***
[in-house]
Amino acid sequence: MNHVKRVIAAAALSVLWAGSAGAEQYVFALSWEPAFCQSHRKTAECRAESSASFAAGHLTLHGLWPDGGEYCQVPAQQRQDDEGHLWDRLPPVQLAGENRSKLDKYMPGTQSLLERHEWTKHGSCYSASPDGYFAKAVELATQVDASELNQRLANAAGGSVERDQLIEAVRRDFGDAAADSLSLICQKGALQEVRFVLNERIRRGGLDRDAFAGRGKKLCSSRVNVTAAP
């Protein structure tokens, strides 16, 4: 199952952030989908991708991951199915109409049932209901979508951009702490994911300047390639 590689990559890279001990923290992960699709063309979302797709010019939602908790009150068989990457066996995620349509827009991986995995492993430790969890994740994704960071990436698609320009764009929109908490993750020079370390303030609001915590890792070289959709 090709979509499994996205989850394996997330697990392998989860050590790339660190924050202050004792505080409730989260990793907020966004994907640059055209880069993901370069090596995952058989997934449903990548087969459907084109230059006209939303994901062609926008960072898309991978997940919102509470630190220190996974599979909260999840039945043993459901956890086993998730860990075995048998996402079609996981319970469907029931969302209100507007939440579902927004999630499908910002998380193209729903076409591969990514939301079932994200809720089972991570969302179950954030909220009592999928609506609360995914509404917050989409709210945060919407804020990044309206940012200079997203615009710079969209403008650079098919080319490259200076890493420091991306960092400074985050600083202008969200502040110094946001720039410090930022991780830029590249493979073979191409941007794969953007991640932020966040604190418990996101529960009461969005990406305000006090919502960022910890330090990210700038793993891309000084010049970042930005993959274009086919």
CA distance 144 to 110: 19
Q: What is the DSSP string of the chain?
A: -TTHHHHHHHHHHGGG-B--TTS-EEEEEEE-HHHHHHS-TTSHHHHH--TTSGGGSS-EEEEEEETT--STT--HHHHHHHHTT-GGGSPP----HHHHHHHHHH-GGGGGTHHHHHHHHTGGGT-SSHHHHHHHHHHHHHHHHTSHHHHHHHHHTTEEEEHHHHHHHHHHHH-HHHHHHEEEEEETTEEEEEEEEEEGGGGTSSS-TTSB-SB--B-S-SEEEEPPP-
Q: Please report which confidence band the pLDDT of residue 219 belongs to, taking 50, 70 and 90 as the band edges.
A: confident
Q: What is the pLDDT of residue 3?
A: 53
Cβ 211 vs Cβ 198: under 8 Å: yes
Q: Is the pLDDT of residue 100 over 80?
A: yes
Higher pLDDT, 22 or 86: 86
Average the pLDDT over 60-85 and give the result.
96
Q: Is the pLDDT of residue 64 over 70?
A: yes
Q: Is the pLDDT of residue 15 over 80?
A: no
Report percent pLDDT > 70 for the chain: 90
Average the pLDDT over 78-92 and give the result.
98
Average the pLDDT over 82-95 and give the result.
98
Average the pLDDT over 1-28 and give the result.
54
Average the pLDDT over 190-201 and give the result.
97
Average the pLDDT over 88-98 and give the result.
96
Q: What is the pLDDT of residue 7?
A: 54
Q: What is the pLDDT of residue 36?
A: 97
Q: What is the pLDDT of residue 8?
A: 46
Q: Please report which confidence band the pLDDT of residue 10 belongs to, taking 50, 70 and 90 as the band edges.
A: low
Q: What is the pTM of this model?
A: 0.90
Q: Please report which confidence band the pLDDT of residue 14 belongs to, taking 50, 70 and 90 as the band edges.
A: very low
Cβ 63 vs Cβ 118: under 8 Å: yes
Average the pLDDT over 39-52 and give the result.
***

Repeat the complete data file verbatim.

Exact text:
[in-house]
Amino acid sequence: MNHVKRVIAAAALSVLWAGSAGAEQYVFALSWEPAFCQSHRKTAECRAESSASFAAGHLTLHGLWPDGGEYCQVPAQQRQDDEGHLWDRLPPVQLAGENRSKLDKYMPGTQSLLERHEWTKHGSCYSASPDGYFAKAVELATQVDASELNQRLANAAGGSVERDQLIEAVRRDFGDAAADSLSLICQKGALQEVRFVLNERIRRGGLDRDAFAGRGKKLCSSRVNVTAAP
């Protein structure tokens, strides 16, 4: 199952952030989908991708991951199915109409049932209901979508951009702490994911300047390639 590689990559890279001990923290992960699709063309979302797709010019939602908790009150068989990457066996995620349509827009991986995995492993430790969890994740994704960071990436698609320009764009929109908490993750020079370390303030609001915590890792070289959709 090709979509499994996205989850394996997330697990392998989860050590790339660190924050202050004792505080409730989260990793907020966004994907640059055209880069993901370069090596995952058989997934449903990548087969459907084109230059006209939303994901062609926008960072898309991978997940919102509470630190220190996974599979909260999840039945043993459901956890086993998730860990075995048998996402079609996981319970469907029931969302209100507007939440579902927004999630499908910002998380193209729903076409591969990514939301079932994200809720089972991570969302179950954030909220009592999928609506609360995914509404917050989409709210945060919407804020990044309206940012200079997203615009710079969209403008650079098919080319490259200076890493420091991306960092400074985050600083202008969200502040110094946001720039410090930022991780830029590249493979073979191409941007794969953007991640932020966040604190418990996101529960009461969005990406305000006090919502960022910890330090990210700038793993891309000084010049970042930005993959274009086919």
CA distance 144 to 110: 19
Q: What is the DSSP string of the chain?
A: -TTHHHHHHHHHHGGG-B--TTS-EEEEEEE-HHHHHHS-TTSHHHHH--TTSGGGSS-EEEEEEETT--STT--HHHHHHHHTT-GGGSPP----HHHHHHHHHH-GGGGGTHHHHHHHHTGGGT-SSHHHHHHHHHHHHHHHHTSHHHHHHHHHTTEEEEHHHHHHHHHHHH-HHHHHHEEEEEETTEEEEEEEEEEGGGGTSSS-TTSB-SB--B-S-SEEEEPPP-
Q: Please report which confidence band the pLDDT of residue 219 belongs to, taking 50, 70 and 90 as the band edges.
A: confident
Q: What is the pLDDT of residue 3?
A: 53
Cβ 211 vs Cβ 198: under 8 Å: yes
Q: Is the pLDDT of residue 100 over 80?
A: yes
Higher pLDDT, 22 or 86: 86
Average the pLDDT over 60-85 and give the result.
96
Q: Is the pLDDT of residue 64 over 70?
A: yes
Q: Is the pLDDT of residue 15 over 80?
A: no
Report percent pLDDT > 70 for the chain: 90
Average the pLDDT over 78-92 and give the result.
98
Average the pLDDT over 82-95 and give the result.
98
Average the pLDDT over 1-28 and give the result.
54
Average the pLDDT over 190-201 and give the result.
97
Average the pLDDT over 88-98 and give the result.
96
Q: What is the pLDDT of residue 7?
A: 54
Q: What is the pLDDT of residue 36?
A: 97
Q: What is the pLDDT of residue 8?
A: 46
Q: Please report which confidence band the pLDDT of residue 10 belongs to, taking 50, 70 and 90 as the band edges.
A: low
Q: What is the pTM of this model?
A: 0.90
Q: Please report which confidence band the pLDDT of residue 14 belongs to, taking 50, 70 and 90 as the band edges.
A: very low
Cβ 63 vs Cβ 118: under 8 Å: yes
Average the pLDDT over 39-52 and give the result.